Deuel: History + Art +Magic=Artronics
by Matt Lutt
Ethan Deuel, an artorian (artist/historian),
has developed a style of fine art which he calls "artonics."
is present-day interpretations of prehistoric art through the
use of modern day mediums and tools to suggest a message from
the past. Only his experience and exposure to the original artifacts
and cave paintings allows the artonic artist to have the subjectivity
and sensitivity to recreate the mystical messages of prehistoric
In Deuels studio, he uses fiberglass,
a 21st century medium that is durable, portable and accessible.
He gives a collector access to ancient art, which is otherwise
impossible to acquire.
What Deuel is trying to express with artonics
is contemporary art that captures the story-telling and magic
of the ancient wizard artists. He creates something, for the
collector of fine art, which appears to be authentic pieces
of ancient history.
Deuels interest in ancient art began
with his travels to Baja, California where he experienced the
largest concentration of cave paintings in the Northern hemisphere;
one of them Cueva Paintada, the largest painted cave in the
world was over a football field and a half long. Many of the
caves that Deuel viewed in Baja were newly discovered and had
only been seen by a handful of people.
Over 350 years ago, the Spaniards arrived
in Baja. Their goal was to build missions from Baja to Northern
California. When they discovered the awesome Painted Caves they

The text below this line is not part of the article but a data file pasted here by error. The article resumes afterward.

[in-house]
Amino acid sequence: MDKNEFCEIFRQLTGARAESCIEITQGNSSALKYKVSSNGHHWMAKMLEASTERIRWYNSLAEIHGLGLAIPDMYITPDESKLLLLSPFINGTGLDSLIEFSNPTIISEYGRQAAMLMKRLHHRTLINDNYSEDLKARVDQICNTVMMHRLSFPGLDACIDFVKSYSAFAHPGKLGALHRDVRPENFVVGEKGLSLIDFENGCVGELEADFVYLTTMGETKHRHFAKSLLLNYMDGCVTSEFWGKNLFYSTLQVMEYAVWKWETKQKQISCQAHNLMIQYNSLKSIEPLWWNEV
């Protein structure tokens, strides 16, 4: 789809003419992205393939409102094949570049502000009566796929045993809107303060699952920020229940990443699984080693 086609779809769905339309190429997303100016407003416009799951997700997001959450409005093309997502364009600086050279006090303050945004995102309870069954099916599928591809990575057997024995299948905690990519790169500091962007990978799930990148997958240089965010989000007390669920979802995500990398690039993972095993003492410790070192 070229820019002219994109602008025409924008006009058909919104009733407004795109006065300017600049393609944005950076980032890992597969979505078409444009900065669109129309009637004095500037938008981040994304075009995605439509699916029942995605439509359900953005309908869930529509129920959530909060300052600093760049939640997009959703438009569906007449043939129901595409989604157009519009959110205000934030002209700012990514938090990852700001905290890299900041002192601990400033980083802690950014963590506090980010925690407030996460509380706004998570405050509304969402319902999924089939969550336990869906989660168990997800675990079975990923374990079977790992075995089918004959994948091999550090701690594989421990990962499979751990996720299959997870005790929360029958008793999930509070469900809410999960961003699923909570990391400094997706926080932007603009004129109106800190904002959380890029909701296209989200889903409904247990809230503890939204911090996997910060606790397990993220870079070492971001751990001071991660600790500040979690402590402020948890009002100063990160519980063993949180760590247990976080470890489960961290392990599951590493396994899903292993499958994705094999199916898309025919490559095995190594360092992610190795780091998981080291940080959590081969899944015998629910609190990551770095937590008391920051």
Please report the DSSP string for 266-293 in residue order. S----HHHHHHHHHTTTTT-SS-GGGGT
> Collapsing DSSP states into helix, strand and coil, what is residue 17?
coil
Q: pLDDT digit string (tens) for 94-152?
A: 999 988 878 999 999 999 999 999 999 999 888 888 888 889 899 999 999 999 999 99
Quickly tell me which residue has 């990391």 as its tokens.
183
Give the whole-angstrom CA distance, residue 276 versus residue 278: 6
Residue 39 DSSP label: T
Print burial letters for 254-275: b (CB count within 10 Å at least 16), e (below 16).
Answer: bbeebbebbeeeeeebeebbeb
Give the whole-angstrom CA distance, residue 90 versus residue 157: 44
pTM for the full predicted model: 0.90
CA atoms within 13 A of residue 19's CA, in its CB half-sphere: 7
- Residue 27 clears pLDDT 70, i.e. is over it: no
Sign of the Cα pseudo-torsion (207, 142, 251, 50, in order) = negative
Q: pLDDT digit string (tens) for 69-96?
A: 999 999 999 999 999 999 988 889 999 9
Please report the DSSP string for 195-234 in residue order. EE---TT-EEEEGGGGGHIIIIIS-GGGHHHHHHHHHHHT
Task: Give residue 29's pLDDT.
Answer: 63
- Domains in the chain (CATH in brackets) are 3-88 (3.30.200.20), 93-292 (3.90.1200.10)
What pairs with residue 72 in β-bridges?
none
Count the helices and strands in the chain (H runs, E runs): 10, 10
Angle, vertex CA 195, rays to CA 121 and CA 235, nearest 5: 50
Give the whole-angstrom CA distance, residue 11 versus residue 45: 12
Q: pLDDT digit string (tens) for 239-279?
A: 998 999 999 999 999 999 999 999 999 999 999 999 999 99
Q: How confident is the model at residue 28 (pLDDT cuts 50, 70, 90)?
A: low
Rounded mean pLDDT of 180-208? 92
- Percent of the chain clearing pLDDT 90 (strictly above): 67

questioned the Native Indians as to their origin. The Indians
had no definitive answer, only that legend was passed on through
many generations of the Giant Painters of Caves. The rediscovery
of the Painted Caves in the late 1960s brought archeological
evidence that the estimated age of the newest caves were more
than 1,000 years old.
These paintings were created by Nomadic
Indians and portrayed both coastal and mountain animals. "These
paintings," says Deuel, "depict spirituality, as well
as a plea for harmony and balance." It has always been
Deuels goal to create the visual impact and true essence
of the mystical and physical quality of the prehistoric art.
Soon after his travels to Baja, Deuel visited
southern France where he viewed the magic of the wizard artists
of the Paleolithic period (40,000-70,000 B.C.). At this time,
Deuel says that he witnessed the origin of art which lies within
the religious and dramatic interpretations of what was sacred
in life during that era.
"Prehistoric art allows us to review
the evolution of styles over a very long period of time. Not
only is prehistoric art a factor in mans artistic achievement,
it sheds light upon the evolution of religion. Rock art is the
expression of mans dialogue, with his eternal values,"
Deuels contemporary renditions of
this Shaman Art, done with his unique style, dramatically recreate
a part of our human history. One of Deuels favorite quotes,
"We have invented nothing," was made by Pablo Picasso
upon leaving the famed painted cave, Liscoux.
His entire life, Deuel has been exposed
to fine art and its creation. He grew up the son of a great
artist, Austin Deuel. This exposure enhanced Deuels desire
to use his innate talents to create art that is both beautiful
and functional. "Art for me is my life, not a contest in
which I feel the need to win. People source me out to collect
my unique, prized pieces for collecting, as well as for
their decorative needs. This demand for my artonic art has created
the many facets of what I do, leading to a diverse and functional
line of artwork."
Recently Deuels art has reached new
heights and continues to climb. Sharing his incredible success
are patrons such as Marty and Diane Herman, owners of Exposures
International, Gallery of Fine Art, in Sedona. The Hermans have
a love for art and the artists they represent, which is the
driving force behind their unique gallery.
Deuels complete collection is on permanent
display at Exposures Gallery, 561 Hwy. 179, Sedona, 520-282-1125,
open 10 am to 6 pm, seven days a week.